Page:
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Thursday, June 27, 2013

Think Before Reacting to Climate Action Plan and US Energy Policy


The climate action plan outlined by President Obama yesterday in a speech given at Georgetown University sparked a glimmer of hope in me. It calls for expanding clean energy use and cutting energy waste. The White House proposal is available online in its entirety. Read it and give serious thought to this important matter. I welcome feedback about whether you think it’s on target and/or want to hear your ideas about ways for improving the situation. 



If you don't have an opinion already, try to form one before you are influenced by the media, special interest groups, and politicians who are likely to skew the interpretation of the speech to suit their personal agendas. 

From my perspective, the main thrust of the plan is to indicate where and how American factories, businesses, power plants, and individuals can reduce our carbon footprints and prepare for the impact of climate change that is a reality and in Obama’s words, “too late to avoid.”

I agree with Obama in that we are already suffering consequences of climate change like water shortages, depletion of other natural resources, skyrocketing energy costs, and extreme climatic disasters like Hurricane Sandy and severe drought in much of the southwest.


We Americans have made slight inroads through conservation and recycling efforts, including selecting cars and electronic appliances that are energy efficient. But there are those among us who are still unwilling to voluntarily cut back on individual and industrial energy consumption and carbon emissions. That's why we need the federal government to step in with tougher penalties for dirty energy abusers and a federal standard to limit carbon emissions for power plants. We need a national, unified effort to implement methods to curtail, conserve, and switch to more environmentally friendly sources of energy.

The Obama plan is a start, but one major flaw that I spotted immediately, was that it does not mention a government incentive for public transportation infrastructures to cut back on pollution and supple citizens with an efficient, environmentally beneficial method of mass transit in US Cities. Just look at what Denver, NYC, Boston, and Portland, OR have been able to do.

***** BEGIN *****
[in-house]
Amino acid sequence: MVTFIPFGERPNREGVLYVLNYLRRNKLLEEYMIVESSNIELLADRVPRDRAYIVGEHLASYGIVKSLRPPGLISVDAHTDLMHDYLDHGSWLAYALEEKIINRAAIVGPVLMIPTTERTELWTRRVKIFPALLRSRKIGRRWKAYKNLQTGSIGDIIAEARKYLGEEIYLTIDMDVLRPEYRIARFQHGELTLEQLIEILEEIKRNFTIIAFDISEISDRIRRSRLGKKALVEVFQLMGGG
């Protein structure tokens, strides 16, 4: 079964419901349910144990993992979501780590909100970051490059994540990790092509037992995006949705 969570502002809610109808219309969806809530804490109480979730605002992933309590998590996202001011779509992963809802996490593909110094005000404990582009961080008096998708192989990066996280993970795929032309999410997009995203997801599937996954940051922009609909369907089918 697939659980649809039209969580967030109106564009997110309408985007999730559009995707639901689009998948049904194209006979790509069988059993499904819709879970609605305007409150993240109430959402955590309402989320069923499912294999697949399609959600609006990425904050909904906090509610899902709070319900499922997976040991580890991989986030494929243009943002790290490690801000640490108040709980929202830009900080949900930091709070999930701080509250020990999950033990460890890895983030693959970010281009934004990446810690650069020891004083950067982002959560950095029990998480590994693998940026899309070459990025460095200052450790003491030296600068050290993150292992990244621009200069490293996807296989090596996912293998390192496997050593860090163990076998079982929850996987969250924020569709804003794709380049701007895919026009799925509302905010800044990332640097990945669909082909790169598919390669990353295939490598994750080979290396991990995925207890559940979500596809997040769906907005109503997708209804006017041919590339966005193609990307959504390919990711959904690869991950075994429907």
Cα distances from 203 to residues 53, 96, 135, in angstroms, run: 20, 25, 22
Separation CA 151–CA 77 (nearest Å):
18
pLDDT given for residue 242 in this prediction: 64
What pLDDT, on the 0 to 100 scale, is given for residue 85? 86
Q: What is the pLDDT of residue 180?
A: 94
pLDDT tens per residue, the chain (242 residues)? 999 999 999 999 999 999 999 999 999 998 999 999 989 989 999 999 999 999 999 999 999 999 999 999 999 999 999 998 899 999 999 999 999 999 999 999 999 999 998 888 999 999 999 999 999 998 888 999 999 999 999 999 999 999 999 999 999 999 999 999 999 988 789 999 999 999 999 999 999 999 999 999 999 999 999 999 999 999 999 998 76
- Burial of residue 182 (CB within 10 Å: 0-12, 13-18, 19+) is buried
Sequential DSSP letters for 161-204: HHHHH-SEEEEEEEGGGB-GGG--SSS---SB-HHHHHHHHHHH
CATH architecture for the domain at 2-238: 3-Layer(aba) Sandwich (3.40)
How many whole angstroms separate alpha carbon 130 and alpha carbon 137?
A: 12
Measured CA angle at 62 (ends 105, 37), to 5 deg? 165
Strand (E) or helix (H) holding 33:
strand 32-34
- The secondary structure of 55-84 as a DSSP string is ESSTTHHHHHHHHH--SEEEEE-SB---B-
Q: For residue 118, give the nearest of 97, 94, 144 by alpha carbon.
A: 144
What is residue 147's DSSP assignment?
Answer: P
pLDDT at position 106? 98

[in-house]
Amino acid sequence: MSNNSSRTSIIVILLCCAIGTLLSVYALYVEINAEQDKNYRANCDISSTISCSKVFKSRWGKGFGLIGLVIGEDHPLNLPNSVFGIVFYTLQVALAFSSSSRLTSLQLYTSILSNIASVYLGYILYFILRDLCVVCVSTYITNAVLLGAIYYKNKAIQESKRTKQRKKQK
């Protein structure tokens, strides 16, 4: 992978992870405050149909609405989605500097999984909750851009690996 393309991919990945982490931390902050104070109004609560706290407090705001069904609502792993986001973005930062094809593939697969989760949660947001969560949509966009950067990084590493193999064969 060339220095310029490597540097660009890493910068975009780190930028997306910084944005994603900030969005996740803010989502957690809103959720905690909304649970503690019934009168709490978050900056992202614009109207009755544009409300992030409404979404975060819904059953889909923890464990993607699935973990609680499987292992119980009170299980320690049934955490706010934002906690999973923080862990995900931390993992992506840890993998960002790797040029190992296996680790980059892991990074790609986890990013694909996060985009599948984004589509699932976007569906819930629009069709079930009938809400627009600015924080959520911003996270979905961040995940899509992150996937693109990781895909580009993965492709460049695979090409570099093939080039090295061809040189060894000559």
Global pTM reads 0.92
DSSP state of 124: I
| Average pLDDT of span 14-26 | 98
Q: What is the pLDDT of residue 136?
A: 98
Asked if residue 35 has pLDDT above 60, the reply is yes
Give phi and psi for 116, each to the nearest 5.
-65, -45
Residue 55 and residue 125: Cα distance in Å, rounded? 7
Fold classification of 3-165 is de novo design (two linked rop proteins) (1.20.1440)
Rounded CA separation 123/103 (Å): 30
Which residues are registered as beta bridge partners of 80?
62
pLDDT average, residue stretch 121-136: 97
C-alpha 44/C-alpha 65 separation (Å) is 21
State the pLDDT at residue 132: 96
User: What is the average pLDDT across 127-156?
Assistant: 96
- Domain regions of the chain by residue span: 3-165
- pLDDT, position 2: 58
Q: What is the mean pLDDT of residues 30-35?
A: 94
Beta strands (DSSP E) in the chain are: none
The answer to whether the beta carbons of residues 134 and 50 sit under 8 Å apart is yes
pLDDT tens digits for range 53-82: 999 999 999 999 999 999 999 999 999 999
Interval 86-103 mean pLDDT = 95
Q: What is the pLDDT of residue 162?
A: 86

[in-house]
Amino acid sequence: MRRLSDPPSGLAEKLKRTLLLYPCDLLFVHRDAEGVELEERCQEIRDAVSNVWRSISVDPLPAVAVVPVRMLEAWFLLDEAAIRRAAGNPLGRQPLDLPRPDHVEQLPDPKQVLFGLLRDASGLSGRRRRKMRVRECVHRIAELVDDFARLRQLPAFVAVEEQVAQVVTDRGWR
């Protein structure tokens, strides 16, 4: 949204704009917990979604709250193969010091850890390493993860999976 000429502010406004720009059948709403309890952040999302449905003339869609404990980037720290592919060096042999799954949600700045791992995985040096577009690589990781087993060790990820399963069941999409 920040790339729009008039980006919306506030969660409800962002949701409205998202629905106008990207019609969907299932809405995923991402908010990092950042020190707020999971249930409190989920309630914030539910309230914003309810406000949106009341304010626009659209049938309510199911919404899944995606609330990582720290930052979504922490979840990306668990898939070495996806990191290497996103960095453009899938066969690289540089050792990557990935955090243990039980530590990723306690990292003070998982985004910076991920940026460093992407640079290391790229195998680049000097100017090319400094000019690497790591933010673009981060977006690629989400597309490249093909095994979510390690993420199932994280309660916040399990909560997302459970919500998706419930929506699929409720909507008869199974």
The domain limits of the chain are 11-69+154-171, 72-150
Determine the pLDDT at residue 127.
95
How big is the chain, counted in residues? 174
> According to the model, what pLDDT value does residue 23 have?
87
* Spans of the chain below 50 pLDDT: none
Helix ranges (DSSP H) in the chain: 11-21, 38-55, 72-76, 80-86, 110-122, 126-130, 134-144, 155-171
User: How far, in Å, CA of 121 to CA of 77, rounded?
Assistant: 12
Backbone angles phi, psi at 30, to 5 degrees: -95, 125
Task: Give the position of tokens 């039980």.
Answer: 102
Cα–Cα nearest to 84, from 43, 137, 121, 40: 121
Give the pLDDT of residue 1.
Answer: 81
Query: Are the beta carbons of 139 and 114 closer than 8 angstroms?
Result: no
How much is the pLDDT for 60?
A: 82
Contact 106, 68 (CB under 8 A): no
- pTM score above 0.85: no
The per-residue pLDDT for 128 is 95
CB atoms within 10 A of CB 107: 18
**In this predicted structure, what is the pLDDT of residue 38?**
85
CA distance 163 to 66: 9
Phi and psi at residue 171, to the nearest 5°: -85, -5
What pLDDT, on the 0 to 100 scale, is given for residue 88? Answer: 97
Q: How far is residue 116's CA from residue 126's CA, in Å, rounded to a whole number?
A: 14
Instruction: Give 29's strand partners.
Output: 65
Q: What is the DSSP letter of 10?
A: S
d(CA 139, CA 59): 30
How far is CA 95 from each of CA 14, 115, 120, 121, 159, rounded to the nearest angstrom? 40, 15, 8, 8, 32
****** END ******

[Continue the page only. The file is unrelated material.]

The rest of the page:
I believe we have reached a critical break-point. Both parties in Congress need to come together for the sake of our nation and planetary survival. What do you think about climate change and which measures do you think should be priorities?

Please review these statistics and information taken from the report:

“Roughly 84 percent of current carbon dioxide emissions are energy-related and about 65 percent of all greenhouse gas emissions can be attributed to energy supply and energy use. The Obama Administration has promoted the expansion of renewable, clean, and efficient energy sources and technologies worldwide through:

• Financing and regulatory support for renewable and clean energy projects
• Actions to promote fuel switching from oil and coal to natural gas or renewables
• Support for the safe and secure use of nuclear power
• Cooperation on clean coal technologies
• Programs to improve and disseminate energy efficient technologies

In the past three years we have reached agreements with more than 20 countries around the world, including Mexico, South Africa, and Indonesia, to support low emission development strategies that help countries to identify the best ways to reduce greenhouse gas emissions while growing their economies.”

Your comments are welcome.Please click on the white envelope below to express your views.

Before you do-here is the quote for today:
You've got to think about big things while you're doing small things, so that all the small things go in the right direction.
Alvin Toffler 
Read more at http://www.brainyquote.com/quotes/keywords/right_direction.html#YBCDJ1hPpGYiY4Pw.99 














1 comment:

  1. Saw an interesting article today by David Kestenbaum, "Economists Have a One Page Solution to Climate Change," from NPR.Checxk it out!
    http://www.npr.org/blogs/money/2013/06/28/196355493/economists-have-a-one-page-solution-to-climate-change

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